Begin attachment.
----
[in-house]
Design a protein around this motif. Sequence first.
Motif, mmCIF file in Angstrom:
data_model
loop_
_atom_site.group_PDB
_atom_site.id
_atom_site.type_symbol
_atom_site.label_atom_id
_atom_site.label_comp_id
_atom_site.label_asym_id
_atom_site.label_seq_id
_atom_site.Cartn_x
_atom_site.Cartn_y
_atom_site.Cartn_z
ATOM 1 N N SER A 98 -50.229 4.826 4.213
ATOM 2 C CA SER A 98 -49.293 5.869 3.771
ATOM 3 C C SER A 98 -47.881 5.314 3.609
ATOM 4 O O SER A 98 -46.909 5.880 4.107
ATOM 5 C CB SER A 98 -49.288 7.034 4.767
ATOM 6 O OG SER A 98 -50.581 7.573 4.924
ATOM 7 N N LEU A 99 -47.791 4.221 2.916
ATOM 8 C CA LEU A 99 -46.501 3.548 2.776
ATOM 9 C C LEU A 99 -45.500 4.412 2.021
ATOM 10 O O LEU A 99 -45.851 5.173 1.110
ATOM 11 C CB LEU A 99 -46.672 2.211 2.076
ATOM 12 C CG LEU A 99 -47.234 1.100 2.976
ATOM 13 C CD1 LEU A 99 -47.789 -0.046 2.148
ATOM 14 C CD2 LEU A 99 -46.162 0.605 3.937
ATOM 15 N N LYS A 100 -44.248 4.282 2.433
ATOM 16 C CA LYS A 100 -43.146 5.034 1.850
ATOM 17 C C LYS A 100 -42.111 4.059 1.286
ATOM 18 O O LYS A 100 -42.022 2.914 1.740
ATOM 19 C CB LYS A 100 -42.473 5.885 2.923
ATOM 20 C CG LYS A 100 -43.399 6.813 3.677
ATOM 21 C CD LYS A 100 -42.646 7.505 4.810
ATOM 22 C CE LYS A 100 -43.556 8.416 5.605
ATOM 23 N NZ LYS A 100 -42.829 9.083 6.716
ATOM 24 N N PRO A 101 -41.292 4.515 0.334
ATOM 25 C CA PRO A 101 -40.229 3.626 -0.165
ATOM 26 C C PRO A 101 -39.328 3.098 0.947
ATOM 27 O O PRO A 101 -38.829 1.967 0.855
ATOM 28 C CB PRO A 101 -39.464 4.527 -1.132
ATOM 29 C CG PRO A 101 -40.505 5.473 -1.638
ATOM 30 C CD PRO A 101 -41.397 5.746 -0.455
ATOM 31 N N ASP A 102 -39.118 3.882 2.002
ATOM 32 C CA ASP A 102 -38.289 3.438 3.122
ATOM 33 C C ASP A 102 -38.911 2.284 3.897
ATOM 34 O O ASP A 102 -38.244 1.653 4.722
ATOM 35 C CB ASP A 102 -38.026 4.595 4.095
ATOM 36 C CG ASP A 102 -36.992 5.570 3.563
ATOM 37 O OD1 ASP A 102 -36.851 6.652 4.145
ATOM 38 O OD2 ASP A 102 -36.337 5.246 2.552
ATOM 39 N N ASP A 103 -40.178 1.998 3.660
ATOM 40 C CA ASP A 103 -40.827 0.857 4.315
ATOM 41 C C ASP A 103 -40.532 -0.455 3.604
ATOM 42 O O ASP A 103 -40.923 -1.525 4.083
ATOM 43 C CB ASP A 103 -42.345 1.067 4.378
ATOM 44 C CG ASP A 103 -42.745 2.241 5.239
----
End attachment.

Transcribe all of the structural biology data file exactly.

[in-house]
Design a protein around this motif. Sequence first.
Motif, mmCIF file in Angstrom:
data_model
loop_
_atom_site.group_PDB
_atom_site.id
_atom_site.type_symbol
_atom_site.label_atom_id
_atom_site.label_comp_id
_atom_site.label_asym_id
_atom_site.label_seq_id
_atom_site.Cartn_x
_atom_site.Cartn_y
_atom_site.Cartn_z
ATOM 1 N N SER A 98 -50.229 4.826 4.213
ATOM 2 C CA SER A 98 -49.293 5.869 3.771
ATOM 3 C C SER A 98 -47.881 5.314 3.609
ATOM 4 O O SER A 98 -46.909 5.880 4.107
ATOM 5 C CB SER A 98 -49.288 7.034 4.767
ATOM 6 O OG SER A 98 -50.581 7.573 4.924
ATOM 7 N N LEU A 99 -47.791 4.221 2.916
ATOM 8 C CA LEU A 99 -46.501 3.548 2.776
ATOM 9 C C LEU A 99 -45.500 4.412 2.021
ATOM 10 O O LEU A 99 -45.851 5.173 1.110
ATOM 11 C CB LEU A 99 -46.672 2.211 2.076
ATOM 12 C CG LEU A 99 -47.234 1.100 2.976
ATOM 13 C CD1 LEU A 99 -47.789 -0.046 2.148
ATOM 14 C CD2 LEU A 99 -46.162 0.605 3.937
ATOM 15 N N LYS A 100 -44.248 4.282 2.433
ATOM 16 C CA LYS A 100 -43.146 5.034 1.850
ATOM 17 C C LYS A 100 -42.111 4.059 1.286
ATOM 18 O O LYS A 100 -42.022 2.914 1.740
ATOM 19 C CB LYS A 100 -42.473 5.885 2.923
ATOM 20 C CG LYS A 100 -43.399 6.813 3.677
ATOM 21 C CD LYS A 100 -42.646 7.505 4.810
ATOM 22 C CE LYS A 100 -43.556 8.416 5.605
ATOM 23 N NZ LYS A 100 -42.829 9.083 6.716
ATOM 24 N N PRO A 101 -41.292 4.515 0.334
ATOM 25 C CA PRO A 101 -40.229 3.626 -0.165
ATOM 26 C C PRO A 101 -39.328 3.098 0.947
ATOM 27 O O PRO A 101 -38.829 1.967 0.855
ATOM 28 C CB PRO A 101 -39.464 4.527 -1.132
ATOM 29 C CG PRO A 101 -40.505 5.473 -1.638
ATOM 30 C CD PRO A 101 -41.397 5.746 -0.455
ATOM 31 N N ASP A 102 -39.118 3.882 2.002
ATOM 32 C CA ASP A 102 -38.289 3.438 3.122
ATOM 33 C C ASP A 102 -38.911 2.284 3.897
ATOM 34 O O ASP A 102 -38.244 1.653 4.722
ATOM 35 C CB ASP A 102 -38.026 4.595 4.095
ATOM 36 C CG ASP A 102 -36.992 5.570 3.563
ATOM 37 O OD1 ASP A 102 -36.851 6.652 4.145
ATOM 38 O OD2 ASP A 102 -36.337 5.246 2.552
ATOM 39 N N ASP A 103 -40.178 1.998 3.660
ATOM 40 C CA ASP A 103 -40.827 0.857 4.315
ATOM 41 C C ASP A 103 -40.532 -0.455 3.604
ATOM 42 O O ASP A 103 -40.923 -1.525 4.083
ATOM 43 C CB ASP A 103 -42.345 1.067 4.378
ATOM 44 C CG ASP A 103 -42.745 2.241 5.239